On Thu, Mar 1, 2018 at 11:07 PM, James Chacon <chacon.ja...@gmail.com> wrote:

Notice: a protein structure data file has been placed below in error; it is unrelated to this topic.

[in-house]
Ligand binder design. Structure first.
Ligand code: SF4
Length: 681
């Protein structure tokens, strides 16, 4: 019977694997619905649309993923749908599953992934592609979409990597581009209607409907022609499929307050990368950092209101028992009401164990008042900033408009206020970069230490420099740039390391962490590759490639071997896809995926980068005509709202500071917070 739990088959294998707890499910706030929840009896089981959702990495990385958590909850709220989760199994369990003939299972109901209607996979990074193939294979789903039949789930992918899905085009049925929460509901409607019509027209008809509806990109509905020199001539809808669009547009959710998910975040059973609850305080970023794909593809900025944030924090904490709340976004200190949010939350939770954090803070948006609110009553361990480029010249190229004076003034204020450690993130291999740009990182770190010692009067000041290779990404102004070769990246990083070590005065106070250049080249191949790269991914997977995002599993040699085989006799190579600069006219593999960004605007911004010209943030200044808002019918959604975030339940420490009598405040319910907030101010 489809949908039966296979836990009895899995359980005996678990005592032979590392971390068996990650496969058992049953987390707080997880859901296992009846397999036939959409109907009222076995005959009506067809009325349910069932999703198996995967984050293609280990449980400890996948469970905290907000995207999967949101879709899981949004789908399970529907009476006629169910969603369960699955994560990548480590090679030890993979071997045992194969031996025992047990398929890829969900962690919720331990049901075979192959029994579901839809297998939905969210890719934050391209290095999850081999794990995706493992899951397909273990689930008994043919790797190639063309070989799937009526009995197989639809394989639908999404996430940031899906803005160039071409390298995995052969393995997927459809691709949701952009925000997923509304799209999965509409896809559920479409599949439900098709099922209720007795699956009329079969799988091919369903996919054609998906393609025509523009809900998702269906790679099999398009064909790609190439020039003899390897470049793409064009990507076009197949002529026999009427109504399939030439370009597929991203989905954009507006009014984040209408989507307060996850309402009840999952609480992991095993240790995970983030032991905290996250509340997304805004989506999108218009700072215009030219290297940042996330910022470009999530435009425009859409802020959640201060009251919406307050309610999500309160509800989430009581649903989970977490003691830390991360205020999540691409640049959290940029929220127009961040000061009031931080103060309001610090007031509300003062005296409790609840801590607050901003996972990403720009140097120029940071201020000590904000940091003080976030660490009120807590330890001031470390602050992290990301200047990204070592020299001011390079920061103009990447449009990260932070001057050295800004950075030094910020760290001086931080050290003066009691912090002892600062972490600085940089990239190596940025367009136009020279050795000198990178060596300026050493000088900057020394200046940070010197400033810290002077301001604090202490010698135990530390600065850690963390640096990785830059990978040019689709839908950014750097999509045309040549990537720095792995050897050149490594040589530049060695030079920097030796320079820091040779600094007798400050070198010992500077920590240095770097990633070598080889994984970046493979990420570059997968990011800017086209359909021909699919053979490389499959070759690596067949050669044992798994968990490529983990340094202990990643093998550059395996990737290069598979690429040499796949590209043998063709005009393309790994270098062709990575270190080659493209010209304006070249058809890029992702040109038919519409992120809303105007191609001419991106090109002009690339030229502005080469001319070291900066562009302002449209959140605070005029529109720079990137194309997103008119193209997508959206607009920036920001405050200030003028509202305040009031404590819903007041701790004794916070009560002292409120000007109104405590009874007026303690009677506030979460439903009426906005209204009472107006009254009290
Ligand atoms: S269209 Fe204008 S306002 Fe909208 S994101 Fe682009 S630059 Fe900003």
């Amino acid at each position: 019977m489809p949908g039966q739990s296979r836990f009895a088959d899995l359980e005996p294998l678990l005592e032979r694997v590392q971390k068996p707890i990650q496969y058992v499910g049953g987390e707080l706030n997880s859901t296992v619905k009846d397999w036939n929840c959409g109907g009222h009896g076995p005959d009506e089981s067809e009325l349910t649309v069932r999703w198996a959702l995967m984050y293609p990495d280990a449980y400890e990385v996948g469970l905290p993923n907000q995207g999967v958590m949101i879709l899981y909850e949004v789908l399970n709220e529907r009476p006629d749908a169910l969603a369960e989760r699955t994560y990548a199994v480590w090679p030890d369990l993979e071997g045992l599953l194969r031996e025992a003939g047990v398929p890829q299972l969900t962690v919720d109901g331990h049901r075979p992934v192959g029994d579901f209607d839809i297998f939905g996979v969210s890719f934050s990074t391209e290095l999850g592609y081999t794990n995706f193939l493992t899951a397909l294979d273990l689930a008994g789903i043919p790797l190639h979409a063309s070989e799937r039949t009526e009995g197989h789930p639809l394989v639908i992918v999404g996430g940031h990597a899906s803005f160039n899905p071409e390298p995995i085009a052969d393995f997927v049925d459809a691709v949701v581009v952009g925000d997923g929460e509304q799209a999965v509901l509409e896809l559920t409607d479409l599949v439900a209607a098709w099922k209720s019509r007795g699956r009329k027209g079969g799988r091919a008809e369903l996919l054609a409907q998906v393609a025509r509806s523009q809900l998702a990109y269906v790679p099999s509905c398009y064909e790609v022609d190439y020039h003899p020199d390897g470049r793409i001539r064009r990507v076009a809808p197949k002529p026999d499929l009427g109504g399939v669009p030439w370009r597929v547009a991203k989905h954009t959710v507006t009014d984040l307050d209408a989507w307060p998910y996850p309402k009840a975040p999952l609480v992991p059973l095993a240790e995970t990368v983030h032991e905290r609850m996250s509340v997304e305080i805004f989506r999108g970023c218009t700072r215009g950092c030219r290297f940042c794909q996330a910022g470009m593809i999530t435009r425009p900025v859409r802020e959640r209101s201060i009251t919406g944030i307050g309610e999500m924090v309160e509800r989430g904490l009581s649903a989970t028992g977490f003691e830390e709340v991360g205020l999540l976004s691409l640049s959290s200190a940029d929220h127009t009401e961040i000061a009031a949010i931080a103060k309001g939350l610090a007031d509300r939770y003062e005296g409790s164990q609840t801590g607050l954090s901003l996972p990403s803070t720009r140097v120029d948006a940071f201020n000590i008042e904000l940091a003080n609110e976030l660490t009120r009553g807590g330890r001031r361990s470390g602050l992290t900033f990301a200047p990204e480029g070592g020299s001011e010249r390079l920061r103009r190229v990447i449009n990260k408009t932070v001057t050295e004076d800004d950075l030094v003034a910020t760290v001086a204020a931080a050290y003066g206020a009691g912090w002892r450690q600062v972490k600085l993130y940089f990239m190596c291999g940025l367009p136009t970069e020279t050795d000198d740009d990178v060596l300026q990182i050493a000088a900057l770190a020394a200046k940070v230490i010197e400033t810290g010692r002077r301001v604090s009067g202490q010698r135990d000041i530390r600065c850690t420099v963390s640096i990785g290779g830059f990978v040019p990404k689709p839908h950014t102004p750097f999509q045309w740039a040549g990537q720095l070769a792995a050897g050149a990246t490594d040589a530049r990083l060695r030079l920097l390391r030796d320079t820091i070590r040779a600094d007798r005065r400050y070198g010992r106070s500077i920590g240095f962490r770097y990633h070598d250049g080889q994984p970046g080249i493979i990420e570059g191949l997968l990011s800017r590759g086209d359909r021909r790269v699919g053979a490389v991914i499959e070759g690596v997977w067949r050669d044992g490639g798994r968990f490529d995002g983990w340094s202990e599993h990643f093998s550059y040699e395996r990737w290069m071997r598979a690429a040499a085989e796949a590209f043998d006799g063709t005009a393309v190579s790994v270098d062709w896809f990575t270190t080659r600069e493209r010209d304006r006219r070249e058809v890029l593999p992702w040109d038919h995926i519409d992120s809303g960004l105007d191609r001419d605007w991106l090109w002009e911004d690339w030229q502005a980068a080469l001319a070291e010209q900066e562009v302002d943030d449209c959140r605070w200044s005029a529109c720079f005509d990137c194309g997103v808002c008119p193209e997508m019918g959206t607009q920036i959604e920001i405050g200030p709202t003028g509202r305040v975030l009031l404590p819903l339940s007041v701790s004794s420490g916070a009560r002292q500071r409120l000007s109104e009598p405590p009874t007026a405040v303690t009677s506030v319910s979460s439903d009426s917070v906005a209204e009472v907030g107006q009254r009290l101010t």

> > > On Thu, Mar 1, 2018 at 10:13 AM, Ian Lance Taylor <i...@golang.org> wrote: > >> On Thu, Mar 1, 2018 at 8:56 AM, James Chacon <chacon.ja...@gmail.com> >> wrote: >> > >> > I know the time package includes support for using the cycle timer on >> the >> > machine (if available) to get high precision monotonic time >> measurements. >> > >> > But...calling time.Now() appears to have a lot of overhead. Measuring >> the >> > delay between 2 consecutive calls gives me anywhere from 150ns to 900+ns >> > depending on arch (linux and OS/X for these 2 examples). >> > >> > My problem is I'm writing an emulator for an 8 bit cpu and on certain >> types >> > of emulation I want it to run at original clock speeds (so 550ns clock >> > cycles or so in this case). Just measuring time.Now() at the start of a >> > cycle and then subtracting time.Now() at the end to sleep for remaining >> > won't work if the overhead of the calls exceeds my cycle time like it's >> > doing on OS/X. I'm assuming negligible enough overhead for time.Sleep(). >> > >> > I know for benchmarking we deal with this by aggregating a lot of >> samples >> > and then dividing out. Is there a way to get the timer data much >> quicker? >> > I'm assuming on OS/X it's ending up doing the syscall for gettimeofday >> (I >> > recall an open bug somewhere) which is where the large jump comes from. >> > >> > Or should I just measure my average latency when initializing my >> emulator >> > and use that as a baseline for determining how much to sleep? i.e. >> > effectively a mini benchmark on startup to determine local machine >> average >> > run time and assume some slop? >> >> I don't think there is any way we could make time.Now run noticeably >> faster on Darwin. It's not doing a system call of any sort. >> >> > I'm reading time·now in the 1.9.2 sources and it clearly has a fallback > path to invoking the gettimeofday call. > > I hadn't looked at 1.10 yet so I'll update and check my results there. > > >> Your best bet, if you can assume you are running on amd64, is a tiny >> bit of assembly code to execute the rdtsc instruction. rdtsc has its >> problems, but it will give you fairly accurate cycle time when it's >> not way way off. >> >> > I may go with that. > > Wow...Ok, updating to 1.10 made a *huge* difference here. On 1.9.2 Darwin was showing an average of 811ns for back to back time.Now() calls. On 1.10 it's 11-13ns :) I haven't tested amd64 linux yet but I'll assume it's similar. At that amount I can just go back to calling time.Now() at the start/end and sleeping for the difference modula some slop. James -- You received this message because you are subscribed to the Google Groups "golang-nuts" group. To unsubscribe from this group and stop receiving emails from it, send an email to golang-nuts+unsubscr...@googlegroups.com. For more options, visit https://groups.google.com/d/optout.